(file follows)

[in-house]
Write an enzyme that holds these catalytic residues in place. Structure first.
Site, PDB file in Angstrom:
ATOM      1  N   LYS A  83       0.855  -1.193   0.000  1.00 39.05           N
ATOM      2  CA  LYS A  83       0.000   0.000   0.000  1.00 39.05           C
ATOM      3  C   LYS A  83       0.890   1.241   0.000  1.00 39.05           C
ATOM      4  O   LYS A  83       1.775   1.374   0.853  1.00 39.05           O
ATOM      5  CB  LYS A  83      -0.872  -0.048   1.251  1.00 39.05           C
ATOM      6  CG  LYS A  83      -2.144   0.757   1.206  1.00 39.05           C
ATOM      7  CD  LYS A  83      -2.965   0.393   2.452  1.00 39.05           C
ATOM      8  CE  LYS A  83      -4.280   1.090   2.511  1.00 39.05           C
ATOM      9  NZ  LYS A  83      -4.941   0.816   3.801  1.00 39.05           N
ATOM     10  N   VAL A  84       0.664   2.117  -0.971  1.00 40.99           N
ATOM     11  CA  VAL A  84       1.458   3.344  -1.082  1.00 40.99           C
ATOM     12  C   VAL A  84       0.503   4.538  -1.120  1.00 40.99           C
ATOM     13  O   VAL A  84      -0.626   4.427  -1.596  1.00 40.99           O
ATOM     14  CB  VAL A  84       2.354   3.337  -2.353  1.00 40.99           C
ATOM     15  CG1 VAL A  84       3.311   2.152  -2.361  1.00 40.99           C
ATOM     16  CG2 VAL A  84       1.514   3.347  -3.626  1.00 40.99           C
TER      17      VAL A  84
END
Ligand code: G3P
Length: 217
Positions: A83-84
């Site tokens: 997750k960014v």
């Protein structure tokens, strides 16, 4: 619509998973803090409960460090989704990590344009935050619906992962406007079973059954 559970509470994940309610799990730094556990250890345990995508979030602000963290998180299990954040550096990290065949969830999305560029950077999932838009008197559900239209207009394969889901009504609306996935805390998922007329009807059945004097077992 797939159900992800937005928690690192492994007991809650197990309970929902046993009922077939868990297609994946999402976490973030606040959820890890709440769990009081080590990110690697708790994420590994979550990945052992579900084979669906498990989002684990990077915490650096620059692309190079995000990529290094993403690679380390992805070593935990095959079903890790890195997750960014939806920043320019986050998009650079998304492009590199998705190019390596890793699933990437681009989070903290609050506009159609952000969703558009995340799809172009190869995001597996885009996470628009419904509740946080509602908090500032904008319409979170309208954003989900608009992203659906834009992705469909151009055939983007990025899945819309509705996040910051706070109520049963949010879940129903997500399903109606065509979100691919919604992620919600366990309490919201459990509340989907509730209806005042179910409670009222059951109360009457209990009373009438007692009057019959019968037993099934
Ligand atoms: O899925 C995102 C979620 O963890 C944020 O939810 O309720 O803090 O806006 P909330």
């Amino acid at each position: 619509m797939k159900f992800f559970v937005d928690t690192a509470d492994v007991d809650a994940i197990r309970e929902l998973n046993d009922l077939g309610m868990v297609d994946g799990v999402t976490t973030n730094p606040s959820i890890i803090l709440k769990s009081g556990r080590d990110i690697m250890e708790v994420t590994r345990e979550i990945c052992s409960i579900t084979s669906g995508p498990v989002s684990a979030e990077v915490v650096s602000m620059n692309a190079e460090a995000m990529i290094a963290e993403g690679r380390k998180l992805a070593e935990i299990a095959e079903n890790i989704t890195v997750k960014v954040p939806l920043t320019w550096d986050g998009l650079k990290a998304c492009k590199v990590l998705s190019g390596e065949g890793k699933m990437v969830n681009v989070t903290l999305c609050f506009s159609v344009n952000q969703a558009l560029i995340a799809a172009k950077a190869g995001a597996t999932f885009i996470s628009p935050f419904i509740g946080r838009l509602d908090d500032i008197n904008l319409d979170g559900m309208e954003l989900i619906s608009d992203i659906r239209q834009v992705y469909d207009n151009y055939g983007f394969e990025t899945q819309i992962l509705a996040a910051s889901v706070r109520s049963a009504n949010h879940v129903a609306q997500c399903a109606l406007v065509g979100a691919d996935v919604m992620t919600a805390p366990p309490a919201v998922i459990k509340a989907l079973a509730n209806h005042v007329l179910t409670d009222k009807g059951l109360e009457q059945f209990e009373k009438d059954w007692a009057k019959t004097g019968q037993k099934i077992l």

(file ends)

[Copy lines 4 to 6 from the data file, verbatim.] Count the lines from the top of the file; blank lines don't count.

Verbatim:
ATOM      1  N   LYS A  83       0.855  -1.193   0.000  1.00 39.05           N
ATOM      2  CA  LYS A  83       0.000   0.000   0.000  1.00 39.05           C
ATOM      3  C   LYS A  83       0.890   1.241   0.000  1.00 39.05           C